A man from Barnstaple has been jailed for six weeks for cruelty to a horse and three ponies.

Ben Neill, 37, of no fixed abode, was also handed a lifetime ban from keeping equines.

Neill was sentenced on May 3 at Barnstaple Magistrates' Court for causing unnecessary suffering to a horse and a pony, and failing to meet the needs of three ponies.

Inspector Claire Ryder launched an investigation after the RSPCA received a call last March from a member of the public who had seen a horse collapsed in a muddy field in Landkey near Barnstaple.

A vet who attended described how she found the horse, a chestnut gelding called Eddy, in a 'terrible state', unable to lift his head from the mud he was lying in, let alone stand.

In her witness statement, Inspector Ryder said: "His hip bones were protruding and you could clearly see his spine and ribs.

"The horse was lying in deep wet mud. You could clearly see where he was trying to get up as there was a build up of wet mud around the horse's head, neck and back."

In her report to the court, the vet said she thought Eddy had been down for some time as she was unable to get him up on his feet.

He was euthanised on welfare grounds to end his suffering.

A further three ponies - a bay gelding called Tye, a mare called Darcy and another bay gelding called Dorcas - were in a field next to Eddy that was very muddy with limited grazing.

They had no accessible shelter and the only water source was a stream running along the bottom of a steep bank in the corner of their field.

Tye was in poor body condition, he had severely overgrown hooves and was lame in his front feet.

He had difficulty walking, with a rocking motion as his hooves met the ground.

The vet concluded Tye was suffering and Darcy and Dorcus were likely to suffer.

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All three ponies were found to have lice in their coats, parasites and their teeth were in need of attention due to sharp enamel points.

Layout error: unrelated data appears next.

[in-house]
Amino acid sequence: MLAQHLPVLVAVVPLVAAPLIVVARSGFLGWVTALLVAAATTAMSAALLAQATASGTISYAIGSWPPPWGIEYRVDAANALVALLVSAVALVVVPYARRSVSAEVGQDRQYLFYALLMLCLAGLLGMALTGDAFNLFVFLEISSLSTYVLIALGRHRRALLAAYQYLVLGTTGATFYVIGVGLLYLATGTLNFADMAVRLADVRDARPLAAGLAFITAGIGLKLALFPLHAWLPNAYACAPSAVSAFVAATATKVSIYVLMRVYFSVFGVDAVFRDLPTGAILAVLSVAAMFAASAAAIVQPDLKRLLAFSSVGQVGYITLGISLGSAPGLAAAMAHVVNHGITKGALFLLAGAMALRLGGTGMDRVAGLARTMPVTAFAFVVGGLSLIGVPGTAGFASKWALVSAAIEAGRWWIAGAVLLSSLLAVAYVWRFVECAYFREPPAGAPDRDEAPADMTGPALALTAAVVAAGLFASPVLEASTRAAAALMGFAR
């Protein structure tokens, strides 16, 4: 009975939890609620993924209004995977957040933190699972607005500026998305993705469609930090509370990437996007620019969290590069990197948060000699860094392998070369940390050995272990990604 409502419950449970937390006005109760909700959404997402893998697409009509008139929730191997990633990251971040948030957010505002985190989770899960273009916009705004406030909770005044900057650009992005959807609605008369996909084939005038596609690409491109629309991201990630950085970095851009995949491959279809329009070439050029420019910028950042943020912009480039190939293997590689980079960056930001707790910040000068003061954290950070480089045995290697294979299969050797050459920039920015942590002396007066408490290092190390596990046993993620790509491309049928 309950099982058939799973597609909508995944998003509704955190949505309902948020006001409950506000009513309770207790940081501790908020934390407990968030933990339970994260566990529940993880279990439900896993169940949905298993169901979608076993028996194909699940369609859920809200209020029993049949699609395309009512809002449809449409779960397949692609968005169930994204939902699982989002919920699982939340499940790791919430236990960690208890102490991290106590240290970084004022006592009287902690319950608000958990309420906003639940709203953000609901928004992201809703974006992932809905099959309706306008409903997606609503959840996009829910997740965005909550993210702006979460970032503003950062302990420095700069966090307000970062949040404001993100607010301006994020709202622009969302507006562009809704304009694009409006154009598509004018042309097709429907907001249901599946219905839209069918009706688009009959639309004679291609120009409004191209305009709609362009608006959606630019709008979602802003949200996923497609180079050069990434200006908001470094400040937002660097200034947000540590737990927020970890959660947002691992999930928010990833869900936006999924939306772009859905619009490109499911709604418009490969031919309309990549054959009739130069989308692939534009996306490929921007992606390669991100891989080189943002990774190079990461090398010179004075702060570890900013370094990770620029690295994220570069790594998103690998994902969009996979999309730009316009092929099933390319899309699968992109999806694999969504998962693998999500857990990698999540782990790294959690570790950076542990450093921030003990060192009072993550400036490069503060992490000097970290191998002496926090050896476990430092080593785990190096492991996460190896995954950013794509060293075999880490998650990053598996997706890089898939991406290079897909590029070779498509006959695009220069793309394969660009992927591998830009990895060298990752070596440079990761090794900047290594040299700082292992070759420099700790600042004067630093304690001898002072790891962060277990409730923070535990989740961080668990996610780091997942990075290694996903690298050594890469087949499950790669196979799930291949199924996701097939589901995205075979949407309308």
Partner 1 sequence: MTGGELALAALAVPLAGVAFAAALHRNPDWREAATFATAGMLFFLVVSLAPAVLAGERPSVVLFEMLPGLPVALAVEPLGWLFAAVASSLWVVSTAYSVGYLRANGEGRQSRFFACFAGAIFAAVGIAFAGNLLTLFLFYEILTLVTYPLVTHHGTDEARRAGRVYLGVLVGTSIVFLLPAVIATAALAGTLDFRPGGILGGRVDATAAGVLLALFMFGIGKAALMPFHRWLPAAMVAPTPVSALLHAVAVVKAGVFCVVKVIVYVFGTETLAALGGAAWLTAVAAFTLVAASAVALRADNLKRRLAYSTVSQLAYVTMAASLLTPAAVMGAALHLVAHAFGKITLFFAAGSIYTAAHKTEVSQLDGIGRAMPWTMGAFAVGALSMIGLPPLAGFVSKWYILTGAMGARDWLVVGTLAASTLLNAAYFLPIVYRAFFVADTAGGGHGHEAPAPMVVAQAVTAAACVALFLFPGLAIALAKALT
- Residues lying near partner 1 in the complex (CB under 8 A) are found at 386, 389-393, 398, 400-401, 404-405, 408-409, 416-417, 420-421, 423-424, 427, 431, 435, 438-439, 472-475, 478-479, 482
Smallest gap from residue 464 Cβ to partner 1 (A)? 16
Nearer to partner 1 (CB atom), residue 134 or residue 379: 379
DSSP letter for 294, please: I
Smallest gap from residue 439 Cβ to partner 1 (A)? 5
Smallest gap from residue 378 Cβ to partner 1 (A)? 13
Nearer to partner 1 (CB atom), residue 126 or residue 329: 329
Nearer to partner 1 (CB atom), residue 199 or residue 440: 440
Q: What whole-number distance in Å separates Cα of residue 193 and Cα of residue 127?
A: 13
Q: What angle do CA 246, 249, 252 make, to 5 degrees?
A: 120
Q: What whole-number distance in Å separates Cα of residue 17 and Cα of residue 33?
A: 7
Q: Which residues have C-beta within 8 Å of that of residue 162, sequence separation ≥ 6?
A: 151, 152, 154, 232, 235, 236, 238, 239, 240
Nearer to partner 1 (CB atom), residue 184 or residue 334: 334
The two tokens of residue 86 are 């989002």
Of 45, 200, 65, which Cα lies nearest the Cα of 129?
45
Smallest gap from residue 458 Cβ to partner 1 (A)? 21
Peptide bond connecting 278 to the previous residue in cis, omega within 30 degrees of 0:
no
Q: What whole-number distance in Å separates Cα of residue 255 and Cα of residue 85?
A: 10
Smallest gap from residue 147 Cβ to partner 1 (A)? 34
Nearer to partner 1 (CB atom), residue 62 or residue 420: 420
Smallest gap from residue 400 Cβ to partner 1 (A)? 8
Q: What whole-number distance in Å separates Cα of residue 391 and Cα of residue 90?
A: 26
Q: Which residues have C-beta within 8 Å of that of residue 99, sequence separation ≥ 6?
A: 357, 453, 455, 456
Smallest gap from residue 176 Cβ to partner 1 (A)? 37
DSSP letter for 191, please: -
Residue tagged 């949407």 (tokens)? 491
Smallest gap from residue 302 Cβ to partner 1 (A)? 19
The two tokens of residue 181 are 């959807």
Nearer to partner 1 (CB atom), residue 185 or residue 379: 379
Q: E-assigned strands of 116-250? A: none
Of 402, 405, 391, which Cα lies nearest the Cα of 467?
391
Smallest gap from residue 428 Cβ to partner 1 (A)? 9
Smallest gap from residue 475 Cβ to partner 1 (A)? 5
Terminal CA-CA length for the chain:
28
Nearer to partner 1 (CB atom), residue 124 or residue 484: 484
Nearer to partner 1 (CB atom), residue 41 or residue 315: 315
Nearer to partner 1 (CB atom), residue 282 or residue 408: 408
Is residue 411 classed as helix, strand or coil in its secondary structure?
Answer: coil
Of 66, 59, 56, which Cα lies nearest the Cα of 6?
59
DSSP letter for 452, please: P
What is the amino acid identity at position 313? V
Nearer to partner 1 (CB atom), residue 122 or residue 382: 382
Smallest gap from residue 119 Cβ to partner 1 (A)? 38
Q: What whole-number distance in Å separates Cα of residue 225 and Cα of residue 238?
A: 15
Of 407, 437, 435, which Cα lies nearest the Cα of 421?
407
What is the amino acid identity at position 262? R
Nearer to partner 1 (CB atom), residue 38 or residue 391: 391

They all required sedation before their hooves could be trimmed.

The veterinary evidence heard in court concluded: "Regardless of cause, veterinary intervention should have been sought for Eddy when faced with such extensive weight loss.

"Suffering unquestionably could have been prevented had they sought advice sooner.

"I have no doubt that Eddy and Tye were suffering unreasonably and unnecessarily and that this suffering had been present for at least a month.

"Suffering unquestionably could have been prevented had they sought advice sooner."

In mitigation, their owner told magistrates that Eddy had been "jumping and bouncing around that morning".

Neill was sentenced to 24 weeks in prison and was banned from keeping horses for the rest of his life.

South West Farmer: Darcy with one of her new friendsDarcy with one of her new friends

A second person was sentenced last November for causing unnecessary suffering to Tye and for failing to meet the needs of Tye, Darcy and Dorcus.

She was disqualified from keeping equines for 10 years and sentenced to a six-month curfew and was ordered to pay £400 costs.

Sadly, Dorcus was later put to sleep due to the discovery of untreatable tumours.

Tye and Darcy were both rehomed and have settled into their new lives with The Hugs Foundation - an equine rescue charity in Bodmin that offer therapeutic interventions to children, young people, the elderly, military personnel and veterans to increase health and well-being.

Darcy enjoys being brushed and led by children who visit the charity and Tye is currently on loan as part of their foster scheme and is loving life being spoiled with love and care.